VeriSign offers both SSL and non-SSL products

What is the difference between the Trust Seal and the Secured Seal?

Like the VeriSign Secured Seal, the VeriSign Trust Seal shows that a site is authenticated by the high standards of VeriSign… The VeriSign Trust Seal is free with the purchase of any VeriSign® SSL Certificate. It can also be purchased separately for web sites that do not require SSL for securing online transactions. The VeriSign Trust Seal provides a cost-effective way to establish trust on your site without installing an SSL Certificate.

Emphasis is mine. However, VeriSign prominently displays this advisory on the Trust Seal FAQ page:

If your Web site uses SSL, you must use VeriSign SSL in order to display the VeriSign Trust Seal.

I’m uncertain, but suspect that the 30-day Trust Seal deal includes SSL certification, which is actually the VeriSign Secured Seal. The 60-day special probably does not. In other words, it offers the Trust Seal but not the SSL certificate, and is suitable only for non-SSL websites..

March 13, 2011

Mailhide

If you’ve ever looked at an open-source development project hosted by Google servers, usually on  http://code.google.com sites, Mailhide will be familiar. It is a less well-known application of the reCAPTCHA detection challenge.

reCAPTCHA now owned by Google

reCAPTCHA Turing test

Mailhide conceals part of an email address

This is how it prevents spammers from accessing email addresses using automated programs. Typically, the first few letters, or numbers, of the username part of the email is visible, followed by an ellipsis i.e. three dots, and then the domain name.

Most Google employees* use Mailhide. Mailhide is offered as an option to developers using Google Code sites.

Mailhide type functionality is also offered by Slashdot for user accounts. Slashdot is not necessarily using Google reCAPTCHA for encryption, however. There are other Turing tests besides reCAPTCHA.

reCAPTCHA is a Google product. It was not developed by Google, though. Google purchased the reCAPTCHA algorithm from Carnegie-Mellon University a few years ago, in 2008.

reCAPTCHA Mailhide API

Are you running a web application that lists users’ email addresses? Do your users a favor by shielding them from spam with reCAPTCHA Mailhide.

Google will give you an API (cryptographic) key. Use it to encrypt user email addresses. Google supplies full documentation for the Mailhide protocol. Everything is free of charge.

I am uncertain whether API restrictions on usage apply. That is a familiar restriction for applications developers relying on the Twitter API. It should not be a binding constraint in this case, as Mailhide is far less transactional that Twitter. Unless one is very, very popular!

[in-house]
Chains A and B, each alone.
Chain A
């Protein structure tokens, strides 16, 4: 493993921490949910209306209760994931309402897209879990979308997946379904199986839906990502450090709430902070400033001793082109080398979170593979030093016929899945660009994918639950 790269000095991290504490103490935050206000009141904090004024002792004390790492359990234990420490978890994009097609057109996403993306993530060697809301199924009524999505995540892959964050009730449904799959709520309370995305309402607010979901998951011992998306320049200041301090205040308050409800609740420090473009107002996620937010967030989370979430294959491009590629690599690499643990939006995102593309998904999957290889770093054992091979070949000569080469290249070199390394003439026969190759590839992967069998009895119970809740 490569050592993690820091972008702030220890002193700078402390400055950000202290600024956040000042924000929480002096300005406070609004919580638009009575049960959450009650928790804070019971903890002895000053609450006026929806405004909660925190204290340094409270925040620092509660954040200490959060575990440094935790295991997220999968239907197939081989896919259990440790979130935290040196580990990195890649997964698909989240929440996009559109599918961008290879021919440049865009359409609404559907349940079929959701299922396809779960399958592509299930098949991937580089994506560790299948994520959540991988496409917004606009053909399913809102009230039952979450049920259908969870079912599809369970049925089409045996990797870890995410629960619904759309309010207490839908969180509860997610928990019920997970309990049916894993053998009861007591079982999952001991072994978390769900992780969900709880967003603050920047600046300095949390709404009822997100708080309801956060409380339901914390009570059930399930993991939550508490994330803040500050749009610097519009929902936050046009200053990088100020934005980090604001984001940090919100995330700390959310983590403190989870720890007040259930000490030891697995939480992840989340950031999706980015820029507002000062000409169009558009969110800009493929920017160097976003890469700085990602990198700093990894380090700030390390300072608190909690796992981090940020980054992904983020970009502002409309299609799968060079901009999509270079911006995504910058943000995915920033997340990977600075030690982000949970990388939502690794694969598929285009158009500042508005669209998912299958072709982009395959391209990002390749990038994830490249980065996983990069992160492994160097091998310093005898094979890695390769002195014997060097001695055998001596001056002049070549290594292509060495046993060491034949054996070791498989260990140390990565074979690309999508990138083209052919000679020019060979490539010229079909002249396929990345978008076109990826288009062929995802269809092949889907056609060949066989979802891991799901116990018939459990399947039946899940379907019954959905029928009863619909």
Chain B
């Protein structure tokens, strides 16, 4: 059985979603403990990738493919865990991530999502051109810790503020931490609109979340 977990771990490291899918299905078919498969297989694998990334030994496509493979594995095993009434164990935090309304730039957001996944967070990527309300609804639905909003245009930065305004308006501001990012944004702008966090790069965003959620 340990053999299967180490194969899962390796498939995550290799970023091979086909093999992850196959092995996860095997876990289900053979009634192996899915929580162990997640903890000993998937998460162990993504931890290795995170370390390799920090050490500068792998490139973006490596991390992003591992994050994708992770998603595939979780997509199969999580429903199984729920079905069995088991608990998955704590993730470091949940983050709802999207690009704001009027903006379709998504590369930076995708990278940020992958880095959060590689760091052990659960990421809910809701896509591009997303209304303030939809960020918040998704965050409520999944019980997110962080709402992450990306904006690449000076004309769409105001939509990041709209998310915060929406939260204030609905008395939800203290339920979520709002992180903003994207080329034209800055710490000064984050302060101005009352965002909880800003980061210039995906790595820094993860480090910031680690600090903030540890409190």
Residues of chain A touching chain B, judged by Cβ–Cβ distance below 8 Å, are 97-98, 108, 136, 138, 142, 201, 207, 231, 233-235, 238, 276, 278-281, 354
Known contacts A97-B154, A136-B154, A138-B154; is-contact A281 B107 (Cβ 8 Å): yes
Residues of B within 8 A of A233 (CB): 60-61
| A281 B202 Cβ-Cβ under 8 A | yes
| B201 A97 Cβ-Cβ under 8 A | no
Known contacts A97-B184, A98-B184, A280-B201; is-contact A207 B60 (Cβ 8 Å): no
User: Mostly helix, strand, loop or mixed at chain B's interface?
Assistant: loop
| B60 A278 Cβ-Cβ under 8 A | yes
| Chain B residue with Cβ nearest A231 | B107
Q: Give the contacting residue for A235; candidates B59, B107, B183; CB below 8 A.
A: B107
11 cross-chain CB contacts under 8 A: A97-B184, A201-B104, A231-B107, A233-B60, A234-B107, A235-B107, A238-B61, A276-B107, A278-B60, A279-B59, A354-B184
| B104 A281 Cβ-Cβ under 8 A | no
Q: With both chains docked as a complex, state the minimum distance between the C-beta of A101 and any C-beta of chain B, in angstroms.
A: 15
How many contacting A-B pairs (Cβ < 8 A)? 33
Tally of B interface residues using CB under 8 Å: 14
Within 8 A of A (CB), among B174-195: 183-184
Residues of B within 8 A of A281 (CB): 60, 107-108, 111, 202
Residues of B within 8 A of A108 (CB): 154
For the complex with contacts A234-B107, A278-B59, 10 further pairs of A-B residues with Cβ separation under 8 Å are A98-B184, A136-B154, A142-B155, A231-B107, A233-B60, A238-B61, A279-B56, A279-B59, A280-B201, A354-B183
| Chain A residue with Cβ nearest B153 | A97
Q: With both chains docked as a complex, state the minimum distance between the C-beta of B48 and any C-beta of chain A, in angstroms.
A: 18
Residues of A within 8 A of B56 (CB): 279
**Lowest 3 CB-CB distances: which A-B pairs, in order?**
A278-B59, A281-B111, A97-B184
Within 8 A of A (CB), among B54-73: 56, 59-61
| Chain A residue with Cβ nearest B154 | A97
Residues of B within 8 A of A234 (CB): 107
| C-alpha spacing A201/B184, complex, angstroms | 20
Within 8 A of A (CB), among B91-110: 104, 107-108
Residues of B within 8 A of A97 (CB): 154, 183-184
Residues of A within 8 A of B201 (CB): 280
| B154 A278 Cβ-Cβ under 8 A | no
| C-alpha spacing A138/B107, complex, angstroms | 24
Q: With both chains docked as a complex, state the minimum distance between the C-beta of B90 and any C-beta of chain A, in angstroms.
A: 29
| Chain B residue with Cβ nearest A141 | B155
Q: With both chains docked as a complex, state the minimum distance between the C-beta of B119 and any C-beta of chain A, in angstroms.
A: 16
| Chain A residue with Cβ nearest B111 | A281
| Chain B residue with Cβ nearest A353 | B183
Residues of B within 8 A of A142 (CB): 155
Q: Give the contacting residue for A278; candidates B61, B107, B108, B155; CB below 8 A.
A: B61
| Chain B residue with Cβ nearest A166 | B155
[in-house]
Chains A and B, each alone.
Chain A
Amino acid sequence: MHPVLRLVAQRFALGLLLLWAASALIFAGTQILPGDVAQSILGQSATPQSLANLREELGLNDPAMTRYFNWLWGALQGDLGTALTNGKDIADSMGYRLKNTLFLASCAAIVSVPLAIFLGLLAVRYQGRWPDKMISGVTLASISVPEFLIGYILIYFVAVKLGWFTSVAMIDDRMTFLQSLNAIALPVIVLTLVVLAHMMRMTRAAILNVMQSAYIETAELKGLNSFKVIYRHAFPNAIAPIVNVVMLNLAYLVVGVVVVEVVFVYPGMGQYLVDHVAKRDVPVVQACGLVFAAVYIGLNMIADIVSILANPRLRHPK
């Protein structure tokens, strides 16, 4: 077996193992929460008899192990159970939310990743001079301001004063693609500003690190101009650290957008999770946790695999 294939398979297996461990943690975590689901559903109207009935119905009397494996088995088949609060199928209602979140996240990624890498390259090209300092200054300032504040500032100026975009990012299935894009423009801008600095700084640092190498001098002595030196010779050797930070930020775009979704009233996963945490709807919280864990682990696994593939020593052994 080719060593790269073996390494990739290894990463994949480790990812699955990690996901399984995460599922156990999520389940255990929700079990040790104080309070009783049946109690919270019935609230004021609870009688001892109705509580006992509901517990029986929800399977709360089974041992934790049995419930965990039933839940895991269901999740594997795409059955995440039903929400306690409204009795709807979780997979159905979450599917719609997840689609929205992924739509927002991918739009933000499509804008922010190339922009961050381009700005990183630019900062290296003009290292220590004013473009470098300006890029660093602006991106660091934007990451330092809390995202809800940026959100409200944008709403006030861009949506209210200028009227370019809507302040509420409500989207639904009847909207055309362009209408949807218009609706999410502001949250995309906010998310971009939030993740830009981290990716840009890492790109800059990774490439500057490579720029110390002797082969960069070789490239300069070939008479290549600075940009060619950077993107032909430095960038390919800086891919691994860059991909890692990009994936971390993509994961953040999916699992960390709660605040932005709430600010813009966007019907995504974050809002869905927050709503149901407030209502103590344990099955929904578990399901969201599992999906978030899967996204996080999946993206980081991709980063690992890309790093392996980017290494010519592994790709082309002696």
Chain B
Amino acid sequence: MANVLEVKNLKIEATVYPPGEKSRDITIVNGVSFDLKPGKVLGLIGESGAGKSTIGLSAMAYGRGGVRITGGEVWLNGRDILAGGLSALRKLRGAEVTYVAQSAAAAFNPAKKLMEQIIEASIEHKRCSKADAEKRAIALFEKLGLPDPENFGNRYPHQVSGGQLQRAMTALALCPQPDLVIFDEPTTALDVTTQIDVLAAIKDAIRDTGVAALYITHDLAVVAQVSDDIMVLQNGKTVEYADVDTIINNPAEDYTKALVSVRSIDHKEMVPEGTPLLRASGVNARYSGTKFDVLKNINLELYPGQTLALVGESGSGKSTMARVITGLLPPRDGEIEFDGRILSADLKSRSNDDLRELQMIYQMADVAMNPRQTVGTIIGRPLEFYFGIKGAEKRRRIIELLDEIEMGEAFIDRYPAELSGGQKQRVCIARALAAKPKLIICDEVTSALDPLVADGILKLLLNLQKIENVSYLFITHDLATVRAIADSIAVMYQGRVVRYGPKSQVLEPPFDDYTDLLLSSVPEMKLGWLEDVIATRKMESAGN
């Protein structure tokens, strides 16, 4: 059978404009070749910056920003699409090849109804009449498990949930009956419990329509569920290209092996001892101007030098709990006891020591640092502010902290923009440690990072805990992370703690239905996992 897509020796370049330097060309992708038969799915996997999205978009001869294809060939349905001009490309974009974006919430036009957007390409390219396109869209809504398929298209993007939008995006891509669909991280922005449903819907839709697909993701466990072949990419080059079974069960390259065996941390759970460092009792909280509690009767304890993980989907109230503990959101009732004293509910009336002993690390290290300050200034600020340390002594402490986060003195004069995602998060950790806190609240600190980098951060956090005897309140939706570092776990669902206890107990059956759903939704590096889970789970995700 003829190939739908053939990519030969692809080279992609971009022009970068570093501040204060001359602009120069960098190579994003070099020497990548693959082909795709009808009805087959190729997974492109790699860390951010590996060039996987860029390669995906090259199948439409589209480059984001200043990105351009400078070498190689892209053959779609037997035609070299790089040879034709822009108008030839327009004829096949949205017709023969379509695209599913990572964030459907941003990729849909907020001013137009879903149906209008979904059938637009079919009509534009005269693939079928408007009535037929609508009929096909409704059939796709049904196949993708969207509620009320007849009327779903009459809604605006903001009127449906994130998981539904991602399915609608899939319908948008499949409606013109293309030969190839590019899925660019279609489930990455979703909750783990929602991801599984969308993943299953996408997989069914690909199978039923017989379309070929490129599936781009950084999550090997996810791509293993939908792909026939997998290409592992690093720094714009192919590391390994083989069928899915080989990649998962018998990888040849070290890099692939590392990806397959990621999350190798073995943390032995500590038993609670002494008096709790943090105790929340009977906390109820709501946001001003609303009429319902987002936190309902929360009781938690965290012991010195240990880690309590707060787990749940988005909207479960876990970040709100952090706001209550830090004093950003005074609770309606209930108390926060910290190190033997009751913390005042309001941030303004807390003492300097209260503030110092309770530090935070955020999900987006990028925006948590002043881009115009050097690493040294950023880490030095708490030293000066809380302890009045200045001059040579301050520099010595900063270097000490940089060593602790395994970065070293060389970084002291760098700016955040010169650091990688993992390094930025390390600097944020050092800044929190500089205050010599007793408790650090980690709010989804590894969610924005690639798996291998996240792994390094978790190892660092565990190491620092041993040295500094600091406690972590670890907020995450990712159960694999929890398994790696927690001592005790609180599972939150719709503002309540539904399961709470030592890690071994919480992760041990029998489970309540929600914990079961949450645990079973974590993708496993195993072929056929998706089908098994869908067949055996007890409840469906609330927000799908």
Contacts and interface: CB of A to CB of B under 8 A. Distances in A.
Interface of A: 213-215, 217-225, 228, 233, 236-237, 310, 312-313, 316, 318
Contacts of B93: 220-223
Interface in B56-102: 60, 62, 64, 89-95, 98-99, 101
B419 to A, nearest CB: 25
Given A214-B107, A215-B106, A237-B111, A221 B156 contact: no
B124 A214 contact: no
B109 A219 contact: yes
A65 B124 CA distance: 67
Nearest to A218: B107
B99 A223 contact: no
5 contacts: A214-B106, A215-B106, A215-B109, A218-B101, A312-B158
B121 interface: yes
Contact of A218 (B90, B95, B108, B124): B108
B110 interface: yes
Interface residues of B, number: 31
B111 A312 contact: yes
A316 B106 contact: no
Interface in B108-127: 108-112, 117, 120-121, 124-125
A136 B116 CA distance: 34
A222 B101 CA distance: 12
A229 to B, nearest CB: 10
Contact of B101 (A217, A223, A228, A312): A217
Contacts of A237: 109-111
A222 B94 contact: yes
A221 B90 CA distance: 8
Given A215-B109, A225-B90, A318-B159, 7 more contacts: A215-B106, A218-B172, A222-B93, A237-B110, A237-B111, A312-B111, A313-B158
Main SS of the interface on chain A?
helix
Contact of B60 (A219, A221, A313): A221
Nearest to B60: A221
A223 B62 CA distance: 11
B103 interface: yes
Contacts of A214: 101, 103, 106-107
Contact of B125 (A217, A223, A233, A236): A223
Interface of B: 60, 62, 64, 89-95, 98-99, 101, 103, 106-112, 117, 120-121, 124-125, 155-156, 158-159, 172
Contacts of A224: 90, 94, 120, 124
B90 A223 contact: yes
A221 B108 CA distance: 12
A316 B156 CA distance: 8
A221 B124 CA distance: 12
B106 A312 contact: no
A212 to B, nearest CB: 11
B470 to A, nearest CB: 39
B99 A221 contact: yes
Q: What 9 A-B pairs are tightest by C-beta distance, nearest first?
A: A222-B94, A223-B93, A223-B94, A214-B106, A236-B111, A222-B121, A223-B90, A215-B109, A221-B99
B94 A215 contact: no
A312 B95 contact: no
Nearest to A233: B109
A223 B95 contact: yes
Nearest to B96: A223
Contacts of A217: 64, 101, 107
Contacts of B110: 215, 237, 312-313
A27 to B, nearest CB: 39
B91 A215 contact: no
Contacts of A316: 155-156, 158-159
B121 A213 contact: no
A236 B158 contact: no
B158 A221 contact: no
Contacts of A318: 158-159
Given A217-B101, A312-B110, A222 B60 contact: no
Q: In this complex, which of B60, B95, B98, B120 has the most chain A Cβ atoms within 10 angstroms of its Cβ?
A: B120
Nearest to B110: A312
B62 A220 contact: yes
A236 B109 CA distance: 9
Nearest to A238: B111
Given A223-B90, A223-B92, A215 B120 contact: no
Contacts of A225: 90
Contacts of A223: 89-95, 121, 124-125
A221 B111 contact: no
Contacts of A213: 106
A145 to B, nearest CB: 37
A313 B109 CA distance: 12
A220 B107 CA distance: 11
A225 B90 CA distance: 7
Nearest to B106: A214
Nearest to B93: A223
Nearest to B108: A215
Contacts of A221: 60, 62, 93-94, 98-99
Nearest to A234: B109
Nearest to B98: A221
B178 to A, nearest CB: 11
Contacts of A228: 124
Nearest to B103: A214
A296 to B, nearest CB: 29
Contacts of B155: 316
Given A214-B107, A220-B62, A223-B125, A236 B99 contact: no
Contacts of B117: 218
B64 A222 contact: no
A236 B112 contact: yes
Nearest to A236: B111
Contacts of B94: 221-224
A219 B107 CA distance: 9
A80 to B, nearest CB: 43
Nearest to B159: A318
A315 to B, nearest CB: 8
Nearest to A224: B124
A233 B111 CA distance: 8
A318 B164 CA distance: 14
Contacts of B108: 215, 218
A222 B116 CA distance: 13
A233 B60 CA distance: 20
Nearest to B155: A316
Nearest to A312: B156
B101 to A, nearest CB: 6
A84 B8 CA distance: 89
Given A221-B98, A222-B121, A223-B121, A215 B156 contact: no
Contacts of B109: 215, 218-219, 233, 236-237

reCAPTCHA comes in many flavors!

Libraries are available for PHP, Perl, Ruby and Python programs.

*Google employee accounts in the U.S.A., and many but not all other countries, have the format  userid@google.com.  Non-employee Google mail accounts are  userid@gmail.com.

 

December 17, 2010

Enterprise Maps and Earth

Google Earth in Sky Viewing Mode

This is another location-based service (LBS), similar but larger scale than those developed by foursquare, Gowalla and Facebook.

Google Earth and Maps for organizations

Google is different because it realizes that only a small consumer segment will remain active LBS users, in light of news about negative impact on
privacy rights.

As clear from the name, Google Earth and Maps for Enterprise is targeted toward businesses:

Make it easy for your employees to view, understand, and make decisions about location-based information. Incorporate your company’s data into Google Maps and Google Earth to be shared quickly and easily with colleagues and clients. The intuitive Google mapping applications require little or no training; your staff and customers will immediately realize the benefits of interactive geo-spatial information.

Google Earth Maps

Google’s enterprise version combines familiar Google mapping with added features designed especially for business users:

  • Google Maps API Premier
  • Google Earth Pro
  • Google Earth Enterprise

Bing supports a highly regarded 3-D mapping feature, requiring download and installation of the free Microsoft Silverlight application. There has been recent discussion of less support or other curtailment by Microsoft, but I am not certain, as I’ve read differing accounts depending on the source.

Note that Google also requires installation of an extra application on the user’s hard-drive to use Google Earth, as it is a 3-D mapping program.